applied cryptography - protocols, algorithms, and source code in c

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Unformatted text preview: r knew his secret key and could decrypt the ticket and therefore the authenticator. The client and the server can encrypt future messages with the shared key, if desired. Since only they share this key, they both can assume that a recent message encrypted in that key originated with the other party. Kerberos Version 4 The previous sections discussed Kerberos Version 5. In the messages and the construction of the tickets and authenticators, Version 4 is slightly different. In Kerberos Version 4, the five messages looked like: 1. Client to Kerberos: 2. Kerberos to client: c, tgs {Kc, tgs, {Tc, tgs}Ktgs}Kc 3. Client to TGS: {Ac, s}Kc, tgs, {Tc, tgs}Ktgs, s 4. TGS to client: {Kc, s, {Tc, s}Ks}Kc, tgs 5. Client to server: {Ac, s}Kc, s, {Tc, s}Ks Tc, s = {s, c, a, v, l, Kc, s}Ks Ac, s = {c, a, t}Kc, s Messages 1, 3, and 5 are identical. The double encryption of the ticket in steps 2 and 4 has been removed in Version 5. The Version 5 ticket adds the possibility of multiple addresses, and it replaces a “lifetime” field, l, with a beginning and ending time. The Version 5 authenticator adds the option of including an additional key. Security of Kerberos Steve Bellovin and Michael Merritt discussed several potential security vulnerabilities of Kerberos [108]. Although this paper was written about the Version 4 protocols, many of their comments also apply to Version 5. It may be possible to cache and replay old authenticators. Although timestamps are supposed to prevent this, replays can be done during the lifetime of the ticket. Servers are supposed to store all valid tickets to prevent replays, but this is not always possible. And ticket lifetimes can be long; eight hours is typical. Authenticators rely on the fact that all the clocks in the network are more or less synchronized. If a host can be fooled about the correct time, then an old authenticator can be replayed without any problem. Most network time protocols are insecure, so this can be a serious problem. Kerberos is also vulnerable to password-guessing attacks. An intrude...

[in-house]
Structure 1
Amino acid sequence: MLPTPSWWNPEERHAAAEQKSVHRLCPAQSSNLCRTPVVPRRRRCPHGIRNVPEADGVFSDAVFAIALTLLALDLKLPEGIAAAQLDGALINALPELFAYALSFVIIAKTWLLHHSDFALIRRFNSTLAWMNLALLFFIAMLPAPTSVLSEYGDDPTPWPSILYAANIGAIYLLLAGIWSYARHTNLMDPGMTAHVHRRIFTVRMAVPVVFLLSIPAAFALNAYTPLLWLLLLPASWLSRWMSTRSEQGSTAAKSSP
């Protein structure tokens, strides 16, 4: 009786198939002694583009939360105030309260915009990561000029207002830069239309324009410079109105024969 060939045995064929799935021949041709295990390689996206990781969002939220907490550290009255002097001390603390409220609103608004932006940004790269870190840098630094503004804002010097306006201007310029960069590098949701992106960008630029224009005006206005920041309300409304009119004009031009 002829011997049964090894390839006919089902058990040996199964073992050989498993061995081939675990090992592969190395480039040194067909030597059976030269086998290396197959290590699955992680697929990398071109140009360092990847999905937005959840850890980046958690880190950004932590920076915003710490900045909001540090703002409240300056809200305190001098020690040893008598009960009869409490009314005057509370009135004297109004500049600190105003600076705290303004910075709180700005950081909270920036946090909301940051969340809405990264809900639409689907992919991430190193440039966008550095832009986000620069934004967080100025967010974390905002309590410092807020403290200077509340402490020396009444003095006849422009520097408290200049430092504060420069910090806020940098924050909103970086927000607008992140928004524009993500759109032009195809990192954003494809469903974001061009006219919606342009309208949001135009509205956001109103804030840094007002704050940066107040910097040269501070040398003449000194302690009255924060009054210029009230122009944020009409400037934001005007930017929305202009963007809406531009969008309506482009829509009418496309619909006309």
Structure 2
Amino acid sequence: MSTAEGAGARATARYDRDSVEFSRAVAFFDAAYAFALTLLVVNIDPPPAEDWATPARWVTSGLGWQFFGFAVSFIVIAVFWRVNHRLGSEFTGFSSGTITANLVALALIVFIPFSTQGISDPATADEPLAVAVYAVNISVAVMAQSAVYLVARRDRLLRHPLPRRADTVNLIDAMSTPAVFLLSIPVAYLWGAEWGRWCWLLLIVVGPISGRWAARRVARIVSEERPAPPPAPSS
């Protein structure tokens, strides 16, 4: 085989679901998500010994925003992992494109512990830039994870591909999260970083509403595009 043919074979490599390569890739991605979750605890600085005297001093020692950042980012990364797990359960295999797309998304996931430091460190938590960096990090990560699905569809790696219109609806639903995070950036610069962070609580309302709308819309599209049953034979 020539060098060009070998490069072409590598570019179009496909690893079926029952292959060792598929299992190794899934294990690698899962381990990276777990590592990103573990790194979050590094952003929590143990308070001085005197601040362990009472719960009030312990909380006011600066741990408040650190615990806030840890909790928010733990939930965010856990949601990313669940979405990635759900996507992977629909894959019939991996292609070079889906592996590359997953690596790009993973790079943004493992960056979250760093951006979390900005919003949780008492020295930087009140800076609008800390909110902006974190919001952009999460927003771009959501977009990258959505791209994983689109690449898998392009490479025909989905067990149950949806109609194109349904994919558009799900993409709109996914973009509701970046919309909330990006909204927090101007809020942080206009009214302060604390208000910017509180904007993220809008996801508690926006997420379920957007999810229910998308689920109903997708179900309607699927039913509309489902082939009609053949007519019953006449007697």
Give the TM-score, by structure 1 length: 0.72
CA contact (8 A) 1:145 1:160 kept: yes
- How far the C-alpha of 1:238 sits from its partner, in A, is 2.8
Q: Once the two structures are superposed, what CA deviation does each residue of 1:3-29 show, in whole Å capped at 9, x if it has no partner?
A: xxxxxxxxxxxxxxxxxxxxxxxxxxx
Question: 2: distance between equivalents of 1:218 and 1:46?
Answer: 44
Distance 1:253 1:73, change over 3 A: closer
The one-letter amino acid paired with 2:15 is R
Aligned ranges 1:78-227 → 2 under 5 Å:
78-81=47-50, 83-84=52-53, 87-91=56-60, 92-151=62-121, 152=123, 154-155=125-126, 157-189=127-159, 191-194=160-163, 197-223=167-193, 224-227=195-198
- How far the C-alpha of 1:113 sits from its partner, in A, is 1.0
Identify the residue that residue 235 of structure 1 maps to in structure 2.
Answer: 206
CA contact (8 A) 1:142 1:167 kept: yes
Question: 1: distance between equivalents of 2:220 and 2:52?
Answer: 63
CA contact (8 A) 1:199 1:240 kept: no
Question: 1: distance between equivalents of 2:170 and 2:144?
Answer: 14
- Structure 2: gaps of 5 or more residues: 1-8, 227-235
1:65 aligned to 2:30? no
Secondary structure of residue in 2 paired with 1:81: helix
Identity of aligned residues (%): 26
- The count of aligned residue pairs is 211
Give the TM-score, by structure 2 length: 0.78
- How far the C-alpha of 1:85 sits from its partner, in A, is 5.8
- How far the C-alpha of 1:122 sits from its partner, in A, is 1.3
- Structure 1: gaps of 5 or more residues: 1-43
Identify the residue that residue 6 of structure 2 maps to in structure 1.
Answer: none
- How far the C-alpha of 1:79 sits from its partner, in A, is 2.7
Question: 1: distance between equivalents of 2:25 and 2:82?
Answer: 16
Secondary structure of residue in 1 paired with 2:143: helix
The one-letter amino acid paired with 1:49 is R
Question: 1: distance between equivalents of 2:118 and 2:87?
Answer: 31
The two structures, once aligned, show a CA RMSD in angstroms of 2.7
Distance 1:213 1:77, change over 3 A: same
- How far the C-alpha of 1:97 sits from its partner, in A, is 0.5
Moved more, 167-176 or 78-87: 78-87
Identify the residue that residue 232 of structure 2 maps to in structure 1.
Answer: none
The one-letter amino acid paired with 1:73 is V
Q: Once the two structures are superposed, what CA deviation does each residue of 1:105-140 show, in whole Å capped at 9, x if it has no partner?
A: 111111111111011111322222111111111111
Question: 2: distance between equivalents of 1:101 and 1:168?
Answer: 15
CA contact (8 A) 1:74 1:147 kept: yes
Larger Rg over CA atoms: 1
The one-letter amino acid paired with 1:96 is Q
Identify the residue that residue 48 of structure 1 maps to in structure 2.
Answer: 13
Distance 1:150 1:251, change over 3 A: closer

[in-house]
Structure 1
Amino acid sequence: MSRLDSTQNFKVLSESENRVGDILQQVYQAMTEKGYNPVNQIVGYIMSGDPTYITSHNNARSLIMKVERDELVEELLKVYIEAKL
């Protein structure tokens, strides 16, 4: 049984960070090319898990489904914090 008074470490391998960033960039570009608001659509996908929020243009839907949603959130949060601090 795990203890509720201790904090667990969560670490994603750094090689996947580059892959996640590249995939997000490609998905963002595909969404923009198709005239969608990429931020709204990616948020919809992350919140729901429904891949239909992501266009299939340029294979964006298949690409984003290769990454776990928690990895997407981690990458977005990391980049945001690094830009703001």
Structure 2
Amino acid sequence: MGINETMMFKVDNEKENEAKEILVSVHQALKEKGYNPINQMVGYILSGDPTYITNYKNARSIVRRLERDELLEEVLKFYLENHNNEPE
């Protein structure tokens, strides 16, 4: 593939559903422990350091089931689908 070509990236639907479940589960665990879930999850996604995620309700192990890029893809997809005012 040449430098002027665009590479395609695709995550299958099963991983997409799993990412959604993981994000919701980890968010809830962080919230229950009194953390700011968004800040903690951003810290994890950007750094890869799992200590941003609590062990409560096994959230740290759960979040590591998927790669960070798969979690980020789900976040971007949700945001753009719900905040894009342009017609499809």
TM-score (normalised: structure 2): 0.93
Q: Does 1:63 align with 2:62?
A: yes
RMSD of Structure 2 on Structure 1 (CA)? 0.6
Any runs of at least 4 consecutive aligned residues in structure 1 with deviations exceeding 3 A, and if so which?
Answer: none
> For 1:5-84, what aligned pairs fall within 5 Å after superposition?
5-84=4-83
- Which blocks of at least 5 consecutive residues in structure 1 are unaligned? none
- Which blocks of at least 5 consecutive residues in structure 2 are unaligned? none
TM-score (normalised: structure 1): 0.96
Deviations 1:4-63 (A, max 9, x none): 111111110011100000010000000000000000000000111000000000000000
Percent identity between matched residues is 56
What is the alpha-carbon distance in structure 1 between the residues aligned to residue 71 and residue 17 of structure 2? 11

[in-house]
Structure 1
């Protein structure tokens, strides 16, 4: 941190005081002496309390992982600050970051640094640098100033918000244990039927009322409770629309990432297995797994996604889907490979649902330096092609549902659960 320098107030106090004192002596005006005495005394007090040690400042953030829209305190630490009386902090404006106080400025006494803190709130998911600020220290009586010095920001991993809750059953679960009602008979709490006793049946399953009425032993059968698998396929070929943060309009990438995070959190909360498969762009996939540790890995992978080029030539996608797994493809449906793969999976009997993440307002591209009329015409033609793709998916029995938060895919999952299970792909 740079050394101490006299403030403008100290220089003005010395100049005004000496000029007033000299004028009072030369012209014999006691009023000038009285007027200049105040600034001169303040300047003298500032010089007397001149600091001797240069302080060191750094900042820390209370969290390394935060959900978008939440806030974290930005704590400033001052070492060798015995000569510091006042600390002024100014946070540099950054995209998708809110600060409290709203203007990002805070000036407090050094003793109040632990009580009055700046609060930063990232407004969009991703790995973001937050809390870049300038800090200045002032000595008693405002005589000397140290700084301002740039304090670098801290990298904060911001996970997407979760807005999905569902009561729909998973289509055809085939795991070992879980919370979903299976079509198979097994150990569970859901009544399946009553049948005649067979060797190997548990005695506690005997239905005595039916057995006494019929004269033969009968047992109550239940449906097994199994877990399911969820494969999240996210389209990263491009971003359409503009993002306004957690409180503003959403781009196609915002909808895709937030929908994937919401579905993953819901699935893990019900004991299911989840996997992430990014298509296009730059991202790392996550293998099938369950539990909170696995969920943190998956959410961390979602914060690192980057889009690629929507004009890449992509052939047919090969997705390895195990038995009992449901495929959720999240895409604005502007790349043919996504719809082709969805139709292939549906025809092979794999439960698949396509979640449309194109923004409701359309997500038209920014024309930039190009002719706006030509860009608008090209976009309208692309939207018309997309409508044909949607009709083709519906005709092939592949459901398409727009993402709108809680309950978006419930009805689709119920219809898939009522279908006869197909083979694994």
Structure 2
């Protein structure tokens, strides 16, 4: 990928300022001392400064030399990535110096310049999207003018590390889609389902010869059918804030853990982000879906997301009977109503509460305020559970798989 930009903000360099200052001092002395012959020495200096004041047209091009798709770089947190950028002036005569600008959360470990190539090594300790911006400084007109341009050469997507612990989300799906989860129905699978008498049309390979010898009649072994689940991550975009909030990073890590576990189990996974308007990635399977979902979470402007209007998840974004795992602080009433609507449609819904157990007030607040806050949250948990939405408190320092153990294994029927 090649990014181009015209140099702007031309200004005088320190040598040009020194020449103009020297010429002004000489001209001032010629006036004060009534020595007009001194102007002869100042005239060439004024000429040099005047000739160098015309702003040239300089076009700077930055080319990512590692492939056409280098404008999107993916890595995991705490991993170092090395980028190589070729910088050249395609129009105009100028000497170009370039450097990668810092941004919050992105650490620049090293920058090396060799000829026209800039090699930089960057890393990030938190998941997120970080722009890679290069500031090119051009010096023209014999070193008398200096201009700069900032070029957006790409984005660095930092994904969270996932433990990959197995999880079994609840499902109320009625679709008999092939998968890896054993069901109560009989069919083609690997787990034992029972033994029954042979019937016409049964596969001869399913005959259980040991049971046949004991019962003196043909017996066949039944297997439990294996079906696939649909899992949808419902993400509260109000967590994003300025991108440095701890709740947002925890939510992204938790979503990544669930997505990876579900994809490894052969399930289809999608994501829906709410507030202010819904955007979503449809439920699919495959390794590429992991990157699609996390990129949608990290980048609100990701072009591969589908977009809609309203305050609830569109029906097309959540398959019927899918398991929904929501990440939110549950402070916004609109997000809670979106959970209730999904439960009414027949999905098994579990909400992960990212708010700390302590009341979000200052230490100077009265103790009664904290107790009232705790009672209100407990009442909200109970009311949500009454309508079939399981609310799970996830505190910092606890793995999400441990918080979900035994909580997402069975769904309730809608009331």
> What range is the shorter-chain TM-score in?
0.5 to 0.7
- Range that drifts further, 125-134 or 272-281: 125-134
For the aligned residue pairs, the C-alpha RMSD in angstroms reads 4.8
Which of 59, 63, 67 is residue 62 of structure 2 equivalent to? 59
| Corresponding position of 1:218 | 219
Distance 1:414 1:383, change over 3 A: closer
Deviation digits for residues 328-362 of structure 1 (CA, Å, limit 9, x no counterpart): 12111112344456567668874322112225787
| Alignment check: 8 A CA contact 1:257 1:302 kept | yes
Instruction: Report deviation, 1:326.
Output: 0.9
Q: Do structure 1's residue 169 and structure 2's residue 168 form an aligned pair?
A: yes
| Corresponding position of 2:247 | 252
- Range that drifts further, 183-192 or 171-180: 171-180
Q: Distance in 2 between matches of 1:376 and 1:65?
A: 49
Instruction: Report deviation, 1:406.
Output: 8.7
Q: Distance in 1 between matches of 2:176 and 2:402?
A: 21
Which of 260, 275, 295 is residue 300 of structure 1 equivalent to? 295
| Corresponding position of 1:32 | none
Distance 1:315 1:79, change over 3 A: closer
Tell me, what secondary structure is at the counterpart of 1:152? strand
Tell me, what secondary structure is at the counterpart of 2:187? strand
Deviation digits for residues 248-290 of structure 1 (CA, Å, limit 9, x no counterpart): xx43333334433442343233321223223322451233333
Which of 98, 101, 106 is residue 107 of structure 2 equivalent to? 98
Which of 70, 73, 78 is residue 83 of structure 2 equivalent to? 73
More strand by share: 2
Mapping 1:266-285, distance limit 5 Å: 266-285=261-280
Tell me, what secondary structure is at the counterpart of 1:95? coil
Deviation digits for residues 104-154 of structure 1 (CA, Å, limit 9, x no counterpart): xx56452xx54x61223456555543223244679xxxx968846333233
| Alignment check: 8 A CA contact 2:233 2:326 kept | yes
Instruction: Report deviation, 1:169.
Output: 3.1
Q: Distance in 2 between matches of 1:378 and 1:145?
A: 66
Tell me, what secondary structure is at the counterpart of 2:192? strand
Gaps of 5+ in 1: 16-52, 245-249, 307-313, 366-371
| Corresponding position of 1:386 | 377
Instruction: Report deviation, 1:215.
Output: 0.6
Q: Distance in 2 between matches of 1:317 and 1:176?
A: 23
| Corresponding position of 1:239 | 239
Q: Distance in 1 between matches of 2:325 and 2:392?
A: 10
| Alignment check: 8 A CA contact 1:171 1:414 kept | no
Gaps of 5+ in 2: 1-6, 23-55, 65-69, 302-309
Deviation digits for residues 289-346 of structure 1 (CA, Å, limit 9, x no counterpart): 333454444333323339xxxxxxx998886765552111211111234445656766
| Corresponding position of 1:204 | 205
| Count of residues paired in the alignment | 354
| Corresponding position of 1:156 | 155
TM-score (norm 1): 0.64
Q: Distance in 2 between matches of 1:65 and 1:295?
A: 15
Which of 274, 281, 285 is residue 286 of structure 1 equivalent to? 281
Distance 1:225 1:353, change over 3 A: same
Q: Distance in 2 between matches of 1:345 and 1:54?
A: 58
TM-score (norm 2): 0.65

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This note was uploaded on 10/18/2010 for the course MATH CS 301 taught by Professor Aliulger during the Fall '10 term at Koç University.

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